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Sometimes I Wish That It Would Rain Here

Monday, September 27, 2010

are we making each other stupid?

communication technologies change, and along with those technological changes come cognitive changes. for example, Walter Ong's Orality and Literacy describes how the technology of writing (and then later, of print) had deep and far reaching cognitive, cultural, and social impacts.

it's not hard to extend this logic to more recent communication technologies, e.g., the internet. I recently came across Nicholas Carr's The Shallows: What the Internet Is Doing to Our Brains, as well as his 2008 essay (which I presume was a forerunner to the book), Is Google Making Us Stupid? I've not yet read the book, but the essay's basic premise is that the communication medium (in a McLuhan sense of the term) of the internet discourages deep, thoughtful, reflective reading or contemplation, and it encourages frenetic switching between activities that only enables engagement at a shallow level. he connects these ideas to initial fears about Gutenberg's printing press, and even back to Plato's Phaedrus, in which he warns against the weakness of mind that will be encouraged by a society dependent upon writing (though, interestingly, he doesn't mention Ong's work along these lines).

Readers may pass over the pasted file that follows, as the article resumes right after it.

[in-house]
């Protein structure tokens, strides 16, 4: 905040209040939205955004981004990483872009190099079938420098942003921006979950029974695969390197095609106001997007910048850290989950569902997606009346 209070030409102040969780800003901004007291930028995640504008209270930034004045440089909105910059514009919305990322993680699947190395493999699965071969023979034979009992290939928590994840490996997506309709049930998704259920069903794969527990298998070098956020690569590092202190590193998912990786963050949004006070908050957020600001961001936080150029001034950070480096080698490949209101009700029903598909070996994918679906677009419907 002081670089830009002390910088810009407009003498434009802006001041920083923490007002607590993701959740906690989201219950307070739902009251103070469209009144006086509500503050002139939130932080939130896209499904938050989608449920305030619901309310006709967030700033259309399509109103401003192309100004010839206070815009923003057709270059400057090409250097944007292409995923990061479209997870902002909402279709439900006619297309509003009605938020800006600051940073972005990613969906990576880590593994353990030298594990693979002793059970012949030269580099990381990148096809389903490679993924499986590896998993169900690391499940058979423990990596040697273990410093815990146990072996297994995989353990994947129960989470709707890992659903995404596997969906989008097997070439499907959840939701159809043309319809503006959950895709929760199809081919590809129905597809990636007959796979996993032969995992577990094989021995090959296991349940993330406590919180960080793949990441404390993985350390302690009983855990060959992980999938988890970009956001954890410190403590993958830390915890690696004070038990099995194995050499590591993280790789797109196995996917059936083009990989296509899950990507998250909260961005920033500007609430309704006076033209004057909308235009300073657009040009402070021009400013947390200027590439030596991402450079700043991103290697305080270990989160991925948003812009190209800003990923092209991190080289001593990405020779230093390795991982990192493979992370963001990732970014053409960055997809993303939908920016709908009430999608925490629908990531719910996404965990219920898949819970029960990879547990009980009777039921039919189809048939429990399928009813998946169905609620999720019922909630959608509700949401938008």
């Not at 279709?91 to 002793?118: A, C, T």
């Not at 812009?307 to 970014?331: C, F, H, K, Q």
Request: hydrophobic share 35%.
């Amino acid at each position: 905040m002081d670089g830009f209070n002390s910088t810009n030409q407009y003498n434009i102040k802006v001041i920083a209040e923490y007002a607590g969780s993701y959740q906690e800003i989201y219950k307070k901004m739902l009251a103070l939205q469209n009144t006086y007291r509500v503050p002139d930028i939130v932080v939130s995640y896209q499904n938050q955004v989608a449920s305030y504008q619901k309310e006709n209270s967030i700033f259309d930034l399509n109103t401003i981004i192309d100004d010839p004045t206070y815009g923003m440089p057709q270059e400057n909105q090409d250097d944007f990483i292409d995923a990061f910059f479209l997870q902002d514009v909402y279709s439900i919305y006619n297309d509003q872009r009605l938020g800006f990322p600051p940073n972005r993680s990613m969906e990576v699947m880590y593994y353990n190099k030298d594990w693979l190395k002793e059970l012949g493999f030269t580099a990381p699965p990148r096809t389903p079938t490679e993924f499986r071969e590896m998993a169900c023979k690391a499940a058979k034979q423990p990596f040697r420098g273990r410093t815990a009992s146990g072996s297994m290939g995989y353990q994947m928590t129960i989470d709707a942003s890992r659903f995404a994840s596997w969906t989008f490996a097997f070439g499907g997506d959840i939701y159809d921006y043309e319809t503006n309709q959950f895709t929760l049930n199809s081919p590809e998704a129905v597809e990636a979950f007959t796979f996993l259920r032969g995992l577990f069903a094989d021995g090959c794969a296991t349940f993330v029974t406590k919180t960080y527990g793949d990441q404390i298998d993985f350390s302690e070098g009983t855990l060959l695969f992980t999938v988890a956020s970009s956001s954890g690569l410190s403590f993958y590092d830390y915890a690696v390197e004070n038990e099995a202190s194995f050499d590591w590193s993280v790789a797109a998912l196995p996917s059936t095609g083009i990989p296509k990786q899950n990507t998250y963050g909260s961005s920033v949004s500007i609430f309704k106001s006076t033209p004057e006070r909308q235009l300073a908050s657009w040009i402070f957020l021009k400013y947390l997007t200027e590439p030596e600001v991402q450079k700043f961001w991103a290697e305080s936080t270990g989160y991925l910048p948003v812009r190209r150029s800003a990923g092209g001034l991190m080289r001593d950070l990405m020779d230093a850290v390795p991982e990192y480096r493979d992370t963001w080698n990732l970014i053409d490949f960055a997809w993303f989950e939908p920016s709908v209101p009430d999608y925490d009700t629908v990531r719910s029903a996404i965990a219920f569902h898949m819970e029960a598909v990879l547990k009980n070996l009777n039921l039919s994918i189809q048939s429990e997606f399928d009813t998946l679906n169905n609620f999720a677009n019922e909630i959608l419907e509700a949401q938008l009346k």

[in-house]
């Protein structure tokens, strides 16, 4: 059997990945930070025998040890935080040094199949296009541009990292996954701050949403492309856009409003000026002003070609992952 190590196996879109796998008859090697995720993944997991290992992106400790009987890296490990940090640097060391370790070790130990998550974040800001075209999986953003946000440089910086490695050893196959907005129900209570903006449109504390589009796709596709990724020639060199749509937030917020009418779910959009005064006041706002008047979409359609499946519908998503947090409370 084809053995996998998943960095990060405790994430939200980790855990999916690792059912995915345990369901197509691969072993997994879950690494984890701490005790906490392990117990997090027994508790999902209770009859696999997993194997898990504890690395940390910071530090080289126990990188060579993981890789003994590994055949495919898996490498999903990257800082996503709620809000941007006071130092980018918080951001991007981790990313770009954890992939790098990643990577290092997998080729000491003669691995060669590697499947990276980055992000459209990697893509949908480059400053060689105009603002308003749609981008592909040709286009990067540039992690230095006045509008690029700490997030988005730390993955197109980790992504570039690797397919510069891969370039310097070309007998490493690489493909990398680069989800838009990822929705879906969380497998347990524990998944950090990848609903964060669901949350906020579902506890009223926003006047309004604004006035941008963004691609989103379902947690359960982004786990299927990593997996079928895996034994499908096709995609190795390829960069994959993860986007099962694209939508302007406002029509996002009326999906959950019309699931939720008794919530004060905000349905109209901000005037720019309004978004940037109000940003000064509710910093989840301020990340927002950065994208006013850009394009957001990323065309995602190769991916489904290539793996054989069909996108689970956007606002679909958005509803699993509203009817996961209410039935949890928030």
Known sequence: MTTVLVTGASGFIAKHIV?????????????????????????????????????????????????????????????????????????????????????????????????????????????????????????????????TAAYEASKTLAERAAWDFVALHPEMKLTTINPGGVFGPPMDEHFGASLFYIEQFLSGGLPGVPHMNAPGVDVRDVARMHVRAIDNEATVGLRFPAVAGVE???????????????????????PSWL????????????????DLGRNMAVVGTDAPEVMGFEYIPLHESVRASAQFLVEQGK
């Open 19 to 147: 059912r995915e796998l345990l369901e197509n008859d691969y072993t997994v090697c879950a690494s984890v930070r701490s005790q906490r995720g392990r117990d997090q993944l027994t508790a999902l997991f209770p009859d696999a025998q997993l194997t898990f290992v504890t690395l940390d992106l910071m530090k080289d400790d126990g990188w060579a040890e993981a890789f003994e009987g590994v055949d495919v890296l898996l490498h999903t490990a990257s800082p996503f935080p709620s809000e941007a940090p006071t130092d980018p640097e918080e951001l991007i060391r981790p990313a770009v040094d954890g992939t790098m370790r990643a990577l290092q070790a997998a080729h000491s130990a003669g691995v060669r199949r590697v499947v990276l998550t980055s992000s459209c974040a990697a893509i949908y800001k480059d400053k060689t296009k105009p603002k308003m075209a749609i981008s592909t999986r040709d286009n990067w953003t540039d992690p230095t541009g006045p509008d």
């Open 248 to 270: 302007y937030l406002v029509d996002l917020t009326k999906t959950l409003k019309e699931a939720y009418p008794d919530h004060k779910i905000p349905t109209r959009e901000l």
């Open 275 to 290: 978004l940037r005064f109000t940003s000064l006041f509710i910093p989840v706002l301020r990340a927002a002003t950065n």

in some ways, I share Carr's concern for how communication and information technologies reshape human cognition. I, too, worry about losing a space for quiet, thoughtful contemplation and reflection. granted, my interest is a bit more empirical, in understanding exactly what impacts such technologies have, and how they unfold. on the other hand, I felt that Carr's essay was missing an important piece of the puzzle: social interaction. communication technologies are used not only to gather information, but also to communicate with other people. focusing on information technologies reshape how we think, while certainly important, may distract from the ways in which they reshape how we interact.

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